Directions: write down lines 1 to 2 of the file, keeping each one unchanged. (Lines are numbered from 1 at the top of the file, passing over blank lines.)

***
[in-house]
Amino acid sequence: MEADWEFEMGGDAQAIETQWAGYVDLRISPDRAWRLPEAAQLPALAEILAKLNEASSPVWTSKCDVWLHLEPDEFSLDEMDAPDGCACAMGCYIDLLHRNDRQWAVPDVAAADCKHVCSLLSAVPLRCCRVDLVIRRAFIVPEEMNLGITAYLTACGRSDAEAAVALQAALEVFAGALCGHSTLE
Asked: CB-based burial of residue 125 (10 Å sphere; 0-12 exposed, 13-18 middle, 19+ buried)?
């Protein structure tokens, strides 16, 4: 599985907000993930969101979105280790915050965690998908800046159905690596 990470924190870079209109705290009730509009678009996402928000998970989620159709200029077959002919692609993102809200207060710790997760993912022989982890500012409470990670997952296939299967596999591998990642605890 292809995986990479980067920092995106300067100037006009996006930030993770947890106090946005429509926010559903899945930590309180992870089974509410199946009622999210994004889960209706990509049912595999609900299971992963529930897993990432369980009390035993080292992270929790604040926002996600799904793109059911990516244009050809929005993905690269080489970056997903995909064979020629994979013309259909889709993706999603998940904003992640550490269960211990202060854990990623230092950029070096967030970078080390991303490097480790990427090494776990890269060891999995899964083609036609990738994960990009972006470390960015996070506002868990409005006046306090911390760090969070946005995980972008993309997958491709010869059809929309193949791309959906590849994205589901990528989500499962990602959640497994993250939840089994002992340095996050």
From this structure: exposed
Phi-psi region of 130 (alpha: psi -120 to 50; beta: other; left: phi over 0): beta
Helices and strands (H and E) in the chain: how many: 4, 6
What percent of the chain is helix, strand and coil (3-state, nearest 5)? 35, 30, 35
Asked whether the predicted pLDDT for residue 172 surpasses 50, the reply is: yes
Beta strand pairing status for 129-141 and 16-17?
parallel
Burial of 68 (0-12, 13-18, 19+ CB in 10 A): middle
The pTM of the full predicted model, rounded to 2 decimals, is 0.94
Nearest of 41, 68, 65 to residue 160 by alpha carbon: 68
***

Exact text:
[in-house]
Amino acid sequence: MEADWEFEMGGDAQAIETQWAGYVDLRISPDRAWRLPEAAQLPALAEILAKLNEASSPVWTSKCDVWLHLEPDEFSLDEMDAPDGCACAMGCYIDLLHRNDRQWAVPDVAAADCKHVCSLLSAVPLRCCRVDLVIRRAFIVPEEMNLGITAYLTACGRSDAEAAVALQAALEVFAGALCGHSTLE